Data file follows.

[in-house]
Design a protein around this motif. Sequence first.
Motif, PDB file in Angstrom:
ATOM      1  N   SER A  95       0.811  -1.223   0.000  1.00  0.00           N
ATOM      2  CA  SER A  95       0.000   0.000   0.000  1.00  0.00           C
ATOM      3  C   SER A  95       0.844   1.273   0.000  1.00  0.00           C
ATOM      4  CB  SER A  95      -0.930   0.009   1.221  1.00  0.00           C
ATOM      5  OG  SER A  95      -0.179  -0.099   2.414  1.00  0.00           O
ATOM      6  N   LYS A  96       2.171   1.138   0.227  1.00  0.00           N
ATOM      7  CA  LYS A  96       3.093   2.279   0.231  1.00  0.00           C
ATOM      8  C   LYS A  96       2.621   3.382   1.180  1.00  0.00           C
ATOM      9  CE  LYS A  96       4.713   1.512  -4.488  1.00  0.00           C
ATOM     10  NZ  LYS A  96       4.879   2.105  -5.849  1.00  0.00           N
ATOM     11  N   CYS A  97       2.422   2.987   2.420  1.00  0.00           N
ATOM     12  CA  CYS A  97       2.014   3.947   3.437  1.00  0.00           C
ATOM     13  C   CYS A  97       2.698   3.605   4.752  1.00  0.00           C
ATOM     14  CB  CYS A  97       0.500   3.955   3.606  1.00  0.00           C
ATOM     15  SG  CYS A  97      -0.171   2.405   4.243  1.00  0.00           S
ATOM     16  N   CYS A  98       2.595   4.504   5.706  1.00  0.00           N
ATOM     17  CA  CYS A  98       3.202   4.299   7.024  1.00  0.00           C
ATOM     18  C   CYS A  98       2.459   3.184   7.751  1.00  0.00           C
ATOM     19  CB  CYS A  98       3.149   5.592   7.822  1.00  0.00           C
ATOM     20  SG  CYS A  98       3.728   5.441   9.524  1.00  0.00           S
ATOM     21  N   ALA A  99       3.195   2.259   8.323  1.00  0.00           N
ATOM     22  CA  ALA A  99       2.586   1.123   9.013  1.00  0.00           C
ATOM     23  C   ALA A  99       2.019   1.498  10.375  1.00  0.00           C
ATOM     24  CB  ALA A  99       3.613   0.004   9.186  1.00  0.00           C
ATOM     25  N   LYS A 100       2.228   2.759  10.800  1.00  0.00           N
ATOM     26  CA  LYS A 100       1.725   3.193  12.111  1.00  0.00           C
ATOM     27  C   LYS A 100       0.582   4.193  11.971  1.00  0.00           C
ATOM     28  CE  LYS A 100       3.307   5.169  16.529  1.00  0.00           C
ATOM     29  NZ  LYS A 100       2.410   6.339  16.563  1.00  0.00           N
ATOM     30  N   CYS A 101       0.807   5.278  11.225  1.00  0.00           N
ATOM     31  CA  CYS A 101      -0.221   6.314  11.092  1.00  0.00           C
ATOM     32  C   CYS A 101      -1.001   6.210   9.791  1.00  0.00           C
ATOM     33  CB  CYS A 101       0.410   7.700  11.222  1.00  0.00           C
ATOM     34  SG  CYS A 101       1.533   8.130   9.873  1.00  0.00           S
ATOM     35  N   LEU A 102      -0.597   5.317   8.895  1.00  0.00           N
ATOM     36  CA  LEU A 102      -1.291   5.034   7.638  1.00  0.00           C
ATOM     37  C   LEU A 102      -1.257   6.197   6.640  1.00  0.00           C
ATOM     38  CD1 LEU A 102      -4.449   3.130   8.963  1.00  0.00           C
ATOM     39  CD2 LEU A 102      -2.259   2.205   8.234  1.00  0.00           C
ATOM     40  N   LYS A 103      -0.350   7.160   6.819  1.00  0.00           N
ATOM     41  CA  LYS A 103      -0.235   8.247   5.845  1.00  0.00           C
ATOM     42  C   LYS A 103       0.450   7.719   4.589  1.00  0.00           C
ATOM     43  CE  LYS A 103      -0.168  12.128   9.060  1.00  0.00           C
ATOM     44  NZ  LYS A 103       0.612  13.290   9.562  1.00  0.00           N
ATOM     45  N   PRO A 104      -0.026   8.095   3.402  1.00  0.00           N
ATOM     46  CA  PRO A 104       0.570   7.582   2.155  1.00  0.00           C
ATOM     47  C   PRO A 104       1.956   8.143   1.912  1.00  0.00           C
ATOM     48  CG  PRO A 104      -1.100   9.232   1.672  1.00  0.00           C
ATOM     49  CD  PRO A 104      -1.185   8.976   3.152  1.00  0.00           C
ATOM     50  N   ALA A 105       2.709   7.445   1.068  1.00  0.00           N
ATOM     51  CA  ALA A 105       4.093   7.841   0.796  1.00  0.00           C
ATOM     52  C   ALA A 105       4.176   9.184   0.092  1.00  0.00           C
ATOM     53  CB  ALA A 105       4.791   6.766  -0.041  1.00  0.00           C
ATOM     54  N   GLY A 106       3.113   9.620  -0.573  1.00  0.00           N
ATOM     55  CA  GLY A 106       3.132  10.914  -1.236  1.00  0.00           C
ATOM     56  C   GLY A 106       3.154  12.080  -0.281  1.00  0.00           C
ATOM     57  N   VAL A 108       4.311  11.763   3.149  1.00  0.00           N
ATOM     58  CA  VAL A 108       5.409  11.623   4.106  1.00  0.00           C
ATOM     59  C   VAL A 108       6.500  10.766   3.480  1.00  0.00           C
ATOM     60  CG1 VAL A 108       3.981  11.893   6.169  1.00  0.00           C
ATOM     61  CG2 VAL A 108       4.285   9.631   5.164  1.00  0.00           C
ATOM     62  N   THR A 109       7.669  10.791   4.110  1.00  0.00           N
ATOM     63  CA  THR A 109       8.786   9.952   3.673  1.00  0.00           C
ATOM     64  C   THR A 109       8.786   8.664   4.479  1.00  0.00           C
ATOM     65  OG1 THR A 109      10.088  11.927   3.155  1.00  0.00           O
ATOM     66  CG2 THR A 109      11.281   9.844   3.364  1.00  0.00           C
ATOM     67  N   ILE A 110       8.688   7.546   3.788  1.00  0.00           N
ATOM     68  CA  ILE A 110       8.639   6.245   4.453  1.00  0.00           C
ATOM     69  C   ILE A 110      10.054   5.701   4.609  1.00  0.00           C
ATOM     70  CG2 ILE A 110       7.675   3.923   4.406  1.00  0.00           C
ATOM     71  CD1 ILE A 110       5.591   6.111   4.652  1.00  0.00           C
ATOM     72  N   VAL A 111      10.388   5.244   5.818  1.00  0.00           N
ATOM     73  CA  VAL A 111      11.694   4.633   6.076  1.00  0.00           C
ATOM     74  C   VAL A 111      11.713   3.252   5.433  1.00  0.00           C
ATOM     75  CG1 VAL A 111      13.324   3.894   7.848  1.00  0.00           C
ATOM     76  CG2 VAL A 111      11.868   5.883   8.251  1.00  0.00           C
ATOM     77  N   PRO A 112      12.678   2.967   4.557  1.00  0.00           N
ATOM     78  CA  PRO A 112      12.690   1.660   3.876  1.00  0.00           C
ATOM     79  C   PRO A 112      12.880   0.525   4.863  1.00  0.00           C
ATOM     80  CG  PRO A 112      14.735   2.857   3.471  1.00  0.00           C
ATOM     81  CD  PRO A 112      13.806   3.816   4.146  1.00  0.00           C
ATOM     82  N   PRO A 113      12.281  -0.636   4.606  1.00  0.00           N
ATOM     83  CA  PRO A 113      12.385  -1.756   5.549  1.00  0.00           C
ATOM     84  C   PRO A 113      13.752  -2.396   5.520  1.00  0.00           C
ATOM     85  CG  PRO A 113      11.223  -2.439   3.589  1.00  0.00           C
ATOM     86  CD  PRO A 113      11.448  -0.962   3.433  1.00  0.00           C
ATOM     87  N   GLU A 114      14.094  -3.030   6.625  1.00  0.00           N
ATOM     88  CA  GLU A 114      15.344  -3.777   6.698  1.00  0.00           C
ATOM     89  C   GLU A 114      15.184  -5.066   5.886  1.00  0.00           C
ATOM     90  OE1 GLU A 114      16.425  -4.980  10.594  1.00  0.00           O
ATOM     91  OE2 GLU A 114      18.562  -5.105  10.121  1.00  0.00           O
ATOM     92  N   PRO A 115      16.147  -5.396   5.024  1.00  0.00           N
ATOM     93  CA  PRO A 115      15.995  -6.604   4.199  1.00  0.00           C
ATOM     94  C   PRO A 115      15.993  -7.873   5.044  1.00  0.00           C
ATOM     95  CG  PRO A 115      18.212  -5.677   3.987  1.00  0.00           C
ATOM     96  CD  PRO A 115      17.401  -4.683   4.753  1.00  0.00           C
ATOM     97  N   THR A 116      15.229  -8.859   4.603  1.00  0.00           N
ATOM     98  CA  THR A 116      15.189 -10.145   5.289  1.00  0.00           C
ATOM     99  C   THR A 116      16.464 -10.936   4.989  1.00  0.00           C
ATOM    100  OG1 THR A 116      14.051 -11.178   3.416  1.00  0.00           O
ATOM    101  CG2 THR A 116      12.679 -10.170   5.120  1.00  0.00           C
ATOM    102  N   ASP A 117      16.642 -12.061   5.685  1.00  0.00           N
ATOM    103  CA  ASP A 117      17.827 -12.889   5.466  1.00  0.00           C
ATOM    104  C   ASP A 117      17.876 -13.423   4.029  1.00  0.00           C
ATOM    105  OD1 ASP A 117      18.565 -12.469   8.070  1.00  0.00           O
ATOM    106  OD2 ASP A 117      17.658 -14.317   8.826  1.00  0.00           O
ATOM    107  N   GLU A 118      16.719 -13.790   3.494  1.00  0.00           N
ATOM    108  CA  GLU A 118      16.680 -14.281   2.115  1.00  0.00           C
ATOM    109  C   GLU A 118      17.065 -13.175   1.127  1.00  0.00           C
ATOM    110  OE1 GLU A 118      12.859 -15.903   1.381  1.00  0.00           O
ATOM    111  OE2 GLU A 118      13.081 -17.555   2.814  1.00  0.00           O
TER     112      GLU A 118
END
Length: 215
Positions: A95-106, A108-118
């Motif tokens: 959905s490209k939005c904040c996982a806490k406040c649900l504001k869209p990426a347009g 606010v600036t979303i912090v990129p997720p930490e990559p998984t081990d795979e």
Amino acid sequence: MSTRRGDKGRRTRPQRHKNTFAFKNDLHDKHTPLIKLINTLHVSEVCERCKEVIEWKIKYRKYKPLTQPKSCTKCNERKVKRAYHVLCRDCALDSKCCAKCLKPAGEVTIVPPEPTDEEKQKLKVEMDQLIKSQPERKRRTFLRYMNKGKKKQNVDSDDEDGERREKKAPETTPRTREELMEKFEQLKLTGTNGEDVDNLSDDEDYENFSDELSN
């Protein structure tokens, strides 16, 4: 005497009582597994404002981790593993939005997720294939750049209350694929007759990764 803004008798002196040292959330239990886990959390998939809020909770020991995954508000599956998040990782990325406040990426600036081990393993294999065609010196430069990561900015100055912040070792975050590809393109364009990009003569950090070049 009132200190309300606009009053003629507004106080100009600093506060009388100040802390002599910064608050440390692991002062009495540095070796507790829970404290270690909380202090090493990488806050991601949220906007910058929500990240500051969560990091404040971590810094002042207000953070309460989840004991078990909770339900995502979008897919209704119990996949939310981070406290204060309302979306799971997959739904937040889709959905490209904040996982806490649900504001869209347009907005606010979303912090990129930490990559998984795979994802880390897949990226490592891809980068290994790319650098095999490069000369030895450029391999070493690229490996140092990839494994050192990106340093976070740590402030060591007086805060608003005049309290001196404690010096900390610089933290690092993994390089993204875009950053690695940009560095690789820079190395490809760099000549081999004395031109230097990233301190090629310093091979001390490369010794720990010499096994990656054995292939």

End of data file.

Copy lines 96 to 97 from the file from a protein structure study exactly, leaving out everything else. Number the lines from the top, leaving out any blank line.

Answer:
ATOM     93  CA  PRO A 115      15.995  -6.604   4.199  1.00  0.00           C
ATOM     94  C   PRO A 115      15.993  -7.873   5.044  1.00  0.00           C